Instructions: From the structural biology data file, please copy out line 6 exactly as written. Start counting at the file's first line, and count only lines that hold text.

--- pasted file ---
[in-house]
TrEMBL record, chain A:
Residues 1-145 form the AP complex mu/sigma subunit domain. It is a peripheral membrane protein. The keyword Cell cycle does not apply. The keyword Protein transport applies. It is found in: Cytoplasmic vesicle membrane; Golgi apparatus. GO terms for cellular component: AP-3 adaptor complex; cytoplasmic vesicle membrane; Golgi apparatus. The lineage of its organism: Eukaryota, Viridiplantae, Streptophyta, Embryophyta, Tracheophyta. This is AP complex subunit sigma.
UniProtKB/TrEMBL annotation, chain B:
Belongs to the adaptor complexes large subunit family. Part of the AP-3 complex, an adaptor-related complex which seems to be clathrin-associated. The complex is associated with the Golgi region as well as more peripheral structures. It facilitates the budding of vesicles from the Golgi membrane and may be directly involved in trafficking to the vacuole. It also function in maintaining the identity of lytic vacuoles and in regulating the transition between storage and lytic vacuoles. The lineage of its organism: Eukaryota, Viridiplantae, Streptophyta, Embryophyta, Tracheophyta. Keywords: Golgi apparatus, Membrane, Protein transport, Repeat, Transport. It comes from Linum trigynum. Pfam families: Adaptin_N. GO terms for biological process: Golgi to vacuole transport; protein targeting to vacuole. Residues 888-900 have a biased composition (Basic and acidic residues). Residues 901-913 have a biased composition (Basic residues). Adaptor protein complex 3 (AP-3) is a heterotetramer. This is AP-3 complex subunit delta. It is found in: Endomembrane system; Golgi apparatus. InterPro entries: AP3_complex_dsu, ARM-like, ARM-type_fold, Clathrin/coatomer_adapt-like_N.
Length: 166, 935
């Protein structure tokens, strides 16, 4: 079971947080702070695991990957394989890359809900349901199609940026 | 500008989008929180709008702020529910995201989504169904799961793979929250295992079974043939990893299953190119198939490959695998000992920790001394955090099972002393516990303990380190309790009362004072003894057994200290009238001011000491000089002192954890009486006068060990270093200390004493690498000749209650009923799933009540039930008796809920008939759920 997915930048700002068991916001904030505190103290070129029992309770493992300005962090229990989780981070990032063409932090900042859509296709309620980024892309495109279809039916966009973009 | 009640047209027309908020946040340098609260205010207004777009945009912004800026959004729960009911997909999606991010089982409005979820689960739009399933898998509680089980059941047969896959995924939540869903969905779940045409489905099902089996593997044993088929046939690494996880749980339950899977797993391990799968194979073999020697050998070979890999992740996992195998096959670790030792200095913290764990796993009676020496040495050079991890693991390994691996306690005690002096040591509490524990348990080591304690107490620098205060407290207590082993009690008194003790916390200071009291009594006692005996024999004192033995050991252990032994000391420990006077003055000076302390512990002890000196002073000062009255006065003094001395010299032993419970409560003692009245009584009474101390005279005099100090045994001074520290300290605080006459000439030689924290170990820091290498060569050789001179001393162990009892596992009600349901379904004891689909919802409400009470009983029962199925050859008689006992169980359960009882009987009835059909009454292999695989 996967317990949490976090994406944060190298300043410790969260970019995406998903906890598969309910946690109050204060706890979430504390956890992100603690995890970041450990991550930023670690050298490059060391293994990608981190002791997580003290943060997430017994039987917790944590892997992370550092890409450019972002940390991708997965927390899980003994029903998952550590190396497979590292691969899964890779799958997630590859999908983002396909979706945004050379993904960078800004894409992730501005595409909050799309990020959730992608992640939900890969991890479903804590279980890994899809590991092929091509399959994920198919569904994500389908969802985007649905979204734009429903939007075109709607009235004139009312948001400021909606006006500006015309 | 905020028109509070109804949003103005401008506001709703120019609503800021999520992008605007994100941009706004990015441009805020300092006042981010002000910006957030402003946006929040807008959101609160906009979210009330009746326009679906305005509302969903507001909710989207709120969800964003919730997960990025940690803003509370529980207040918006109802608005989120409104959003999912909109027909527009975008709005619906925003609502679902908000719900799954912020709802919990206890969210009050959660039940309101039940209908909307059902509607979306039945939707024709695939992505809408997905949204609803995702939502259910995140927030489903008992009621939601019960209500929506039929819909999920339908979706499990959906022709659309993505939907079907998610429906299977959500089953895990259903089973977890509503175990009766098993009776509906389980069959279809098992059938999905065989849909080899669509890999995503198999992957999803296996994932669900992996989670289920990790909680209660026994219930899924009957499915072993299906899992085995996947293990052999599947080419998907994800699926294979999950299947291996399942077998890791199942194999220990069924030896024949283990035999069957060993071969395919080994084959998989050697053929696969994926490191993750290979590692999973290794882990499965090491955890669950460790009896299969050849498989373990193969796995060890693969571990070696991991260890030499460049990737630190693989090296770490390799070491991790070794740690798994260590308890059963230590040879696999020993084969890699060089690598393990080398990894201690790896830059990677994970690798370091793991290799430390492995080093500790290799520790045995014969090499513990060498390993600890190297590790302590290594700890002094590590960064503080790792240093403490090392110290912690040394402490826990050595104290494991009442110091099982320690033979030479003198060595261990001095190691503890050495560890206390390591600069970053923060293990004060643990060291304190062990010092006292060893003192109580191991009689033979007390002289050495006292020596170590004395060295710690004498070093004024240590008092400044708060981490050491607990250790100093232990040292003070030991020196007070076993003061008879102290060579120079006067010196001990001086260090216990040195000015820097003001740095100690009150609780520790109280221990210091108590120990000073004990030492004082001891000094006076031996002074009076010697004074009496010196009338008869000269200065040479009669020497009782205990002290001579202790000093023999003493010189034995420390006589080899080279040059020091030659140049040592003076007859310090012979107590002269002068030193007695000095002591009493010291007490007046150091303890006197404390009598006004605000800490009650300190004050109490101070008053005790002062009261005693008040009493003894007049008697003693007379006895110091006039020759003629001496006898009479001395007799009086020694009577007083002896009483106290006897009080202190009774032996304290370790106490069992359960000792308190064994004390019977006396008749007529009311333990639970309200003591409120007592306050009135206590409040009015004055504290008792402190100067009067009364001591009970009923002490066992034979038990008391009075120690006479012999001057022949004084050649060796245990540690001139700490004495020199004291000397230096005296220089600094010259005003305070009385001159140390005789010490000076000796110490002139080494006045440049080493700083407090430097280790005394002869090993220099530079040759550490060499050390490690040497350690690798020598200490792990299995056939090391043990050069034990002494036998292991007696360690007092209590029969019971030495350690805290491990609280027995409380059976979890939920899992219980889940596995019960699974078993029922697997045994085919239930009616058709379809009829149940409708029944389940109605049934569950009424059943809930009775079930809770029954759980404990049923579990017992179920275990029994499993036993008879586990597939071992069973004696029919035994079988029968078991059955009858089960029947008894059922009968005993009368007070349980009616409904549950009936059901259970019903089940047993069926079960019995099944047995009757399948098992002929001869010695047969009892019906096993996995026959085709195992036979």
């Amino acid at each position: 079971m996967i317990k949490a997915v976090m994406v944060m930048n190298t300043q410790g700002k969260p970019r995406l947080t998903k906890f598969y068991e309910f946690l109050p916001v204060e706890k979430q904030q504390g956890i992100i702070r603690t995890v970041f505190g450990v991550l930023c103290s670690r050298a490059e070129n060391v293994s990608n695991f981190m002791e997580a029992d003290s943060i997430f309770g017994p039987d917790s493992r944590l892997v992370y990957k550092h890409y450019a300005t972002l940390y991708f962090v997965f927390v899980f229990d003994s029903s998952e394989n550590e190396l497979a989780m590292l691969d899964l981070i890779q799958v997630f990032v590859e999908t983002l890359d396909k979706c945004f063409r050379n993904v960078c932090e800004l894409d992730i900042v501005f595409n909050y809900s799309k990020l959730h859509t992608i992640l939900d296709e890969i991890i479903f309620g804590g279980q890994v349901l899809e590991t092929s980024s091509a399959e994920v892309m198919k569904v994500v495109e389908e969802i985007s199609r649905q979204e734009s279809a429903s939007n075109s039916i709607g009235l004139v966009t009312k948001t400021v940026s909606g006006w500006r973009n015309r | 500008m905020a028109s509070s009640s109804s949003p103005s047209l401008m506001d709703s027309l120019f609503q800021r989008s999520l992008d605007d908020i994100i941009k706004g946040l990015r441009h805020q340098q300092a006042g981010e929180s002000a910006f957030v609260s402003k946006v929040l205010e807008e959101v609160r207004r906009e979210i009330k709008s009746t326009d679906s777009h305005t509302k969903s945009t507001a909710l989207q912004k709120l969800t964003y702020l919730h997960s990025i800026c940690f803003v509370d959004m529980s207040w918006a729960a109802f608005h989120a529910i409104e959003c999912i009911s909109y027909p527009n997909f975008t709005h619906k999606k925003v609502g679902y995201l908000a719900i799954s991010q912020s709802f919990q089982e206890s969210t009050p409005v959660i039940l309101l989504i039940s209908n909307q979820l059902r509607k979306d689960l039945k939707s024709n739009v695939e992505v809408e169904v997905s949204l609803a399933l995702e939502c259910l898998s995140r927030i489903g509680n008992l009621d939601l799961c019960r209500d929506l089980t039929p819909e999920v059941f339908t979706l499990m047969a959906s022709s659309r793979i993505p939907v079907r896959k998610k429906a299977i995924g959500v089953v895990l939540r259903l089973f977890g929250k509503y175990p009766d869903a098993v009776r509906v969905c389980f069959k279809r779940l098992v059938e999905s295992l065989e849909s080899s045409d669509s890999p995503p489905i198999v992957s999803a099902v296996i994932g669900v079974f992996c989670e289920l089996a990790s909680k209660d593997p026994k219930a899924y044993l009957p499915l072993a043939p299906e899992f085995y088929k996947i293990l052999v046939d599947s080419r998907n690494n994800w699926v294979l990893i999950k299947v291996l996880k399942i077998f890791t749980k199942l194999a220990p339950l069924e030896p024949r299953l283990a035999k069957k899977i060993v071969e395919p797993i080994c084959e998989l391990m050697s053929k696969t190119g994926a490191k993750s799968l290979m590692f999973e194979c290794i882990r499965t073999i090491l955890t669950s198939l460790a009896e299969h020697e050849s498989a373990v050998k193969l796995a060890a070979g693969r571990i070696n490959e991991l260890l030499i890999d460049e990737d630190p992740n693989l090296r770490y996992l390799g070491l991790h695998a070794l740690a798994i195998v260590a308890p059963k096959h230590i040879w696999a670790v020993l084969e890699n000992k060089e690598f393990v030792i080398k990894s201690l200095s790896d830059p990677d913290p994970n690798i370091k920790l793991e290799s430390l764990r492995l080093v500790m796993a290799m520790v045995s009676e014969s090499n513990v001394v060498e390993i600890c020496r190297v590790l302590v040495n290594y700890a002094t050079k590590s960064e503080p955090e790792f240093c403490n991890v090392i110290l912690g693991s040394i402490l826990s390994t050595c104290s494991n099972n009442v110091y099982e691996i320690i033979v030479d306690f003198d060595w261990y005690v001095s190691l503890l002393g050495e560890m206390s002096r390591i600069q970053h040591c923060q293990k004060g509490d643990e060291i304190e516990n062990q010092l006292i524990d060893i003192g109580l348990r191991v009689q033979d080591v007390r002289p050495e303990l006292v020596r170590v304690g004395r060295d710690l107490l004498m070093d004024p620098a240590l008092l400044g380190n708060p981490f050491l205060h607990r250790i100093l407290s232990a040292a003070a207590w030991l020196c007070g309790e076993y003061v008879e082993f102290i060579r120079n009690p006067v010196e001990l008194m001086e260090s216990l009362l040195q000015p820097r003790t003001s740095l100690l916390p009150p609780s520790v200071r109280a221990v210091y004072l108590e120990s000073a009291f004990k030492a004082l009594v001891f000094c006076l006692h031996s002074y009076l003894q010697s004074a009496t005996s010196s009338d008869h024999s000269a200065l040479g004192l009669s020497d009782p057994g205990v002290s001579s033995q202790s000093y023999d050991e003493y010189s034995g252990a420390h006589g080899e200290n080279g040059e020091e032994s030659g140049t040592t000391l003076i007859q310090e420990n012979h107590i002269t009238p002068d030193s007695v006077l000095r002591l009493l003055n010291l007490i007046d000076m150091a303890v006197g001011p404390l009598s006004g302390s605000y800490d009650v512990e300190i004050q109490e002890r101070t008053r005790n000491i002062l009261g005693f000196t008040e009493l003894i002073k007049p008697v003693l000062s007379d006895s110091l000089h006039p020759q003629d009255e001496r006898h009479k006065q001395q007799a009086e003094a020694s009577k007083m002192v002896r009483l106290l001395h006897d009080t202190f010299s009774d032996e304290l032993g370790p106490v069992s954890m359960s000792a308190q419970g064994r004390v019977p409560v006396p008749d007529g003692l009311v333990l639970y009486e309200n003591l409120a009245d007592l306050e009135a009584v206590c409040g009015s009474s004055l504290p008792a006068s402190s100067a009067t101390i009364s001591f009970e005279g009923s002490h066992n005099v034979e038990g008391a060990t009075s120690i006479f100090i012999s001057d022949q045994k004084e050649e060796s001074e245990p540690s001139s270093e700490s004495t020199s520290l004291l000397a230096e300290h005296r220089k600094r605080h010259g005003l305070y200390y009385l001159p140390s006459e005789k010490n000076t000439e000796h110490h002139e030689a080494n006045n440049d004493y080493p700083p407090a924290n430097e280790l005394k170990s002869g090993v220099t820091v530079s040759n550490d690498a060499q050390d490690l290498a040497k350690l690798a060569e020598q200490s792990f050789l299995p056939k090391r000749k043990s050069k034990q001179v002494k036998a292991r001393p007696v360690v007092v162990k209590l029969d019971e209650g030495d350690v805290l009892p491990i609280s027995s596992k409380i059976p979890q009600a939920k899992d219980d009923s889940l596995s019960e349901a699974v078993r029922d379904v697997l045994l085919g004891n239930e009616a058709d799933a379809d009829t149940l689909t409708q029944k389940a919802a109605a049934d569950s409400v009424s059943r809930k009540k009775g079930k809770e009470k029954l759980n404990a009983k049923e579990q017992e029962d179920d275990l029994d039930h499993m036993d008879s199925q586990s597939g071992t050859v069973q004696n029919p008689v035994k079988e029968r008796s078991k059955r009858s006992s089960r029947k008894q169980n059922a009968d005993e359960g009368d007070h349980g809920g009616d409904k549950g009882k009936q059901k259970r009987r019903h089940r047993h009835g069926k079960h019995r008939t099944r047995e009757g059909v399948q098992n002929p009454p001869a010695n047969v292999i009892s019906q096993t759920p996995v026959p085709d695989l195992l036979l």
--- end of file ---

Length: 166, 935